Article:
A no-frills, meat-and-two-veg kind of player for PES fans, he was also possibly the most iconic Romanian to play the beautiful game since Gheorge Hagi – and that includes Dan Pet Rescue.
The David Beckham of the Master League setup thanks to his striking good looks and shiny, golden locks, Espimas may not have had a cross in his locker to rival Goldenballs but, as a winger, he had pace to burn and was a great passer of the ball too.
Being an absolute workhorse took its toll on the Frenchman of course, and you would often have sub him off with a third of the game to go after you spent the previous hour of the running him at full pelt up and down the right flank.
Undoubtedly the coolest name on the team sheet, Ximelez sounded like the sort of player Newcastle United would have signed during Kevin Keegan’s ill-fated second stint as the club, as a favour to an agent friend of Dennis Wise. He played a bit like that too.
A capable enough winger, the fact is he was regularly outshone by Espimas, who was just better at everything. Even so, Ximelez was a useful enough addition to the team’s attacking midfield trident, even if he did have the fitness levels of Neil Ruddock combined with the injury record of Darren Anderton.
What a team this was on the first Pro Evo. Castolo the clinical finisher, Miranda the supplier and Ximilez the ginger wizard. pic.twitter.com/ibEM6PIhC2
— Butler (@Jamie_Butler91) August 5, 2017
Like Pirlo in his New York City days, Minanda’s pace and energy were almost non-existent at times but he still had a silky grace on the ball. Fortunately, like Riquelme in his Argentina pomp, he also had a keen eye for a through pass, with often sensational results.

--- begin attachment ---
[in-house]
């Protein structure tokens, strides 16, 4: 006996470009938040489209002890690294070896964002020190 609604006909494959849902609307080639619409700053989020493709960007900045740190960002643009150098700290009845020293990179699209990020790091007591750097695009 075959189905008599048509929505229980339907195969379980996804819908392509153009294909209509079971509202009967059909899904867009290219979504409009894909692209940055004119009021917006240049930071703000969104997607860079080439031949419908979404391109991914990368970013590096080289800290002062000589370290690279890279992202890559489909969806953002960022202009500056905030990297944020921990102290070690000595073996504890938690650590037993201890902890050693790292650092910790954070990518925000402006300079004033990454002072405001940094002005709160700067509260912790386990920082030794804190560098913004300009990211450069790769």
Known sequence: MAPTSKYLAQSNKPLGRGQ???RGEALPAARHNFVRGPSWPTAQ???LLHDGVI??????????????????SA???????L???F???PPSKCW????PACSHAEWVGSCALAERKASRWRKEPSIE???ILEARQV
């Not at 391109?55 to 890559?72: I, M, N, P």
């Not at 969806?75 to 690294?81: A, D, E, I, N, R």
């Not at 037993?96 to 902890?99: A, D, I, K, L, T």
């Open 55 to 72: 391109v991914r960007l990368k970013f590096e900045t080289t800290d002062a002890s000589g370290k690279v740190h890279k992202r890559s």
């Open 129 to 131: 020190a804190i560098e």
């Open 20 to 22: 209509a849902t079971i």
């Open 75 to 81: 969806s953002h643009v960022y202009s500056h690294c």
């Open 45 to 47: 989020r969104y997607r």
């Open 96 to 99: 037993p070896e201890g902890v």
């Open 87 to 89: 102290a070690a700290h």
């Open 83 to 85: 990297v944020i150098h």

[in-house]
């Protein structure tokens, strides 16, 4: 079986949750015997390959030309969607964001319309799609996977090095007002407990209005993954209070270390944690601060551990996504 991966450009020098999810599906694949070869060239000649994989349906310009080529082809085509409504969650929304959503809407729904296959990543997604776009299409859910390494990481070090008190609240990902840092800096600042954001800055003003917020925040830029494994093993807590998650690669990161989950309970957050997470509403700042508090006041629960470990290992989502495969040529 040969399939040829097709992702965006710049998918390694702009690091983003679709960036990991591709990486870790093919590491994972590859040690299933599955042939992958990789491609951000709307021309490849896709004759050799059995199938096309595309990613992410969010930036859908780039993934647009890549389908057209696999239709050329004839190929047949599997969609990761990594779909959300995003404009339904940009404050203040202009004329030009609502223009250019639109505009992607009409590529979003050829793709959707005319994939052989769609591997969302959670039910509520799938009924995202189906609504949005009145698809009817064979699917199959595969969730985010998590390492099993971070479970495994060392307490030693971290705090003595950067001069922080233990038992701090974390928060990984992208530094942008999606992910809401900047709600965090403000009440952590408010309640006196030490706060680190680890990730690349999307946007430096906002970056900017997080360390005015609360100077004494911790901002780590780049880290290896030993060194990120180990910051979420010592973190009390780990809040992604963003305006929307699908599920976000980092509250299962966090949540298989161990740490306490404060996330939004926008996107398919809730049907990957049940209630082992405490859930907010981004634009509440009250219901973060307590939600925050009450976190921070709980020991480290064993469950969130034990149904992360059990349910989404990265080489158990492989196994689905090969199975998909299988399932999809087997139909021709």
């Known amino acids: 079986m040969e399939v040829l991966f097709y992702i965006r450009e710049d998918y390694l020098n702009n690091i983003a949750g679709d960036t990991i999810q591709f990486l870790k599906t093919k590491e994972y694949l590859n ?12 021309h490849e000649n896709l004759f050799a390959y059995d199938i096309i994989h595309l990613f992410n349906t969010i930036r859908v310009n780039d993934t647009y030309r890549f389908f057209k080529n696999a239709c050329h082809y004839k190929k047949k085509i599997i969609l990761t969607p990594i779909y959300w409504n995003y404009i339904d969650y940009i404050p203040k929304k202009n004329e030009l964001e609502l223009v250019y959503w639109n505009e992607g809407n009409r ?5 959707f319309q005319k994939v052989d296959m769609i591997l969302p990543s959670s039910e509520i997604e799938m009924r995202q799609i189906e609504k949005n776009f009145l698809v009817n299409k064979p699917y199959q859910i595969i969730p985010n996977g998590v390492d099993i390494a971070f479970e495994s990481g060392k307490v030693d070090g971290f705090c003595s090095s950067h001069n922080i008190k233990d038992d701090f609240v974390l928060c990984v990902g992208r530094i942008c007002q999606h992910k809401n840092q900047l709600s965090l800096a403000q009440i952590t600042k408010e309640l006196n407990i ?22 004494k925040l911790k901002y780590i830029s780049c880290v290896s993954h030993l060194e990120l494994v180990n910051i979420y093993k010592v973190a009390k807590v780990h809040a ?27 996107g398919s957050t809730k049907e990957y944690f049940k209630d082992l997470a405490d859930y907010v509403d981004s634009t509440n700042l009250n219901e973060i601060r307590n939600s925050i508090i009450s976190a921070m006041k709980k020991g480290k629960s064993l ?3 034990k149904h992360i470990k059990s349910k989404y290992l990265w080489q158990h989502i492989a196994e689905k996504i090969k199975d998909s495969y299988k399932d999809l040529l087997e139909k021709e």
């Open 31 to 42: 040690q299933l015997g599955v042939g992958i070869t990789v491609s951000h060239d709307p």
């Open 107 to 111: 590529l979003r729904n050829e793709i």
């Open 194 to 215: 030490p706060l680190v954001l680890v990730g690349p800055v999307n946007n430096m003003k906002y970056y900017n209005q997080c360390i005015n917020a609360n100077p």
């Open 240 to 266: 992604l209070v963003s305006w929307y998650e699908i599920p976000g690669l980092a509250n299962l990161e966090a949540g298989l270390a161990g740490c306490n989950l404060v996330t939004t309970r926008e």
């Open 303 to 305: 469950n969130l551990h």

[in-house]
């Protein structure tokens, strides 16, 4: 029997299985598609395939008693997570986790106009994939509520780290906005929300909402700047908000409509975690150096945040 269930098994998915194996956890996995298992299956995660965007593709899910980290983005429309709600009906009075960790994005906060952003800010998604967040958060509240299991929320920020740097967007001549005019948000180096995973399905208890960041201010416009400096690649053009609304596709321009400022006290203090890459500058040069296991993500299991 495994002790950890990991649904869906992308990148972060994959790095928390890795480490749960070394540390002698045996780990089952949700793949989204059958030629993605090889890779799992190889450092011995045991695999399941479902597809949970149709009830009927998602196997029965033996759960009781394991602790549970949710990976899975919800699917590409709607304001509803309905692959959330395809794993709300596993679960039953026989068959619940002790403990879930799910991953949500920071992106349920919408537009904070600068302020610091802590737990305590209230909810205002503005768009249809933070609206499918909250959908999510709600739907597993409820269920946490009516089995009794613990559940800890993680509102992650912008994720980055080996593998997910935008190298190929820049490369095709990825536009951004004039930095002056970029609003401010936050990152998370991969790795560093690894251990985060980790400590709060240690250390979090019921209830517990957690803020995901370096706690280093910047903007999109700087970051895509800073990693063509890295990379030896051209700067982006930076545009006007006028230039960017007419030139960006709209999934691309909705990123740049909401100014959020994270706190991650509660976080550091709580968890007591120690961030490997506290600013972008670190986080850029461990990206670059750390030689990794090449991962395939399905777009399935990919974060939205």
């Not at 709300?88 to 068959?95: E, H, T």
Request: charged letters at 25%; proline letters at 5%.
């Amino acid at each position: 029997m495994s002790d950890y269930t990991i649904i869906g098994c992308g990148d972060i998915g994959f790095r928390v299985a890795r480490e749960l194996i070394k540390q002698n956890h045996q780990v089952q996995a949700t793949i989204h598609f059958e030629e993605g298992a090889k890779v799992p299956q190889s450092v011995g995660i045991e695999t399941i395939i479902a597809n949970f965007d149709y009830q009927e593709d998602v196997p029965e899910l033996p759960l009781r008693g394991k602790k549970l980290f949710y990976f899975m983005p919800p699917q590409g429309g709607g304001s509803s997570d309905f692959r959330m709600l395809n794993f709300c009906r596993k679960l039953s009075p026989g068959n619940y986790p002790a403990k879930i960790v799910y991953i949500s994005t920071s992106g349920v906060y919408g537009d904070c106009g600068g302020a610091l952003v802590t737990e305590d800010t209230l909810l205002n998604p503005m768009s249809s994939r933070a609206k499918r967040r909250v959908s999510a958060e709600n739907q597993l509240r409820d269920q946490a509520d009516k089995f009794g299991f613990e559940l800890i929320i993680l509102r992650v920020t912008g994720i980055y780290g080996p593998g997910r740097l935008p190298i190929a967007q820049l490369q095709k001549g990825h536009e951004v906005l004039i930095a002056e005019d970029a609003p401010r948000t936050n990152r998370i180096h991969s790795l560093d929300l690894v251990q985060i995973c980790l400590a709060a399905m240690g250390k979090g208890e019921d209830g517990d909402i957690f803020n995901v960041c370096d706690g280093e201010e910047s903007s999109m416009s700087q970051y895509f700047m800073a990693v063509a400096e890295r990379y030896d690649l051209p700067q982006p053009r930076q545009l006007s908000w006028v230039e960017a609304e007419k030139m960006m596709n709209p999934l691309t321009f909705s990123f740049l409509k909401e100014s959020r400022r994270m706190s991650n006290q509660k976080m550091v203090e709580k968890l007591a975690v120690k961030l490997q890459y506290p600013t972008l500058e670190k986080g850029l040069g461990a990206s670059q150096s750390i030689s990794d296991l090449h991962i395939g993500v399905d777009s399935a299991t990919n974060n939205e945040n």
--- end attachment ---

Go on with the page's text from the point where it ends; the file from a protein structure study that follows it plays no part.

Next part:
Get the ball to Minanda and something magical could happen.
A target man by trade, Ordaz was the Niall Quinn to Castolo’s Kevin Phillips. A commanding presence in the air, he may have lacked some of the same poise with the ball at his feet but the Spaniard had a knack of popping up in the right place at the right time to score a tap in following a fortuitous goalkeeper parry.
Noted for a lack of pace, Ordaz’s curtains hairstyle gave him the feel of a 1990s throwback. Think Lee Chapman chuffing his way through those later spells with West Ham and Ipswich and you are pretty close to the Ordaz experience.
The man, the myth, the legend. Castolo was the flair forward who brought pace and ingenuity to the team’s frontline. While other players came and went as the seasons rolled by, Castolo kept his place thanks to his versatility as a striker, support striker or even winger.
Notable for his cornrow’s hairstyle, which was a super cool look at the time, Castolo was the team’s primary attacking threat thanks to some impressive movement and a certain swagger in the way he held himself on the pitch. He also proved the perfect foil when the day finally came to sign Pro Evo’s greatest player, Adriano.
Macco: The Welsh wide-man was a solid presence to bring on for the last half hour of a game, whether chasing a goal or looking to consolidate your position. Not the most spectacular of stars, you always felt like he was giving it his all.
Stein: A kind of crap version of Roy Keane in that he was an Irishman who played in central midfield, the various disciplinary problems incurred as a result of the multitude of yellow and red cards picked up by Iouga and Dodo meant Stein got plenty of game time.
Burchet: A wide-forward by trade, the fact that few formations on the game called for a player in this position made Burchet a bit of an anomaly. Still, the one thing he had in abundance was pace. Burchet was probably the fastest player in the whole squad. It’s just a shame that that was pretty much his only real asset – he couldn’t cross, he couldn’t pass and he certainly couldn’t shoot. Still, that pace…
Huylens: The Ole Gunnar Solskjaer of the team, Huylens often made a real, game-changing impact on proceedings when coming into the fray from the bench. Just don’t expect him to deliver week-in, week-out. For whatever reason, the Dutchman just couldn’t do it over 90 minutes and, like Samuel L. Jackson’s Nick Fury in the Marvel movies, was largely restricted to cameo appearances.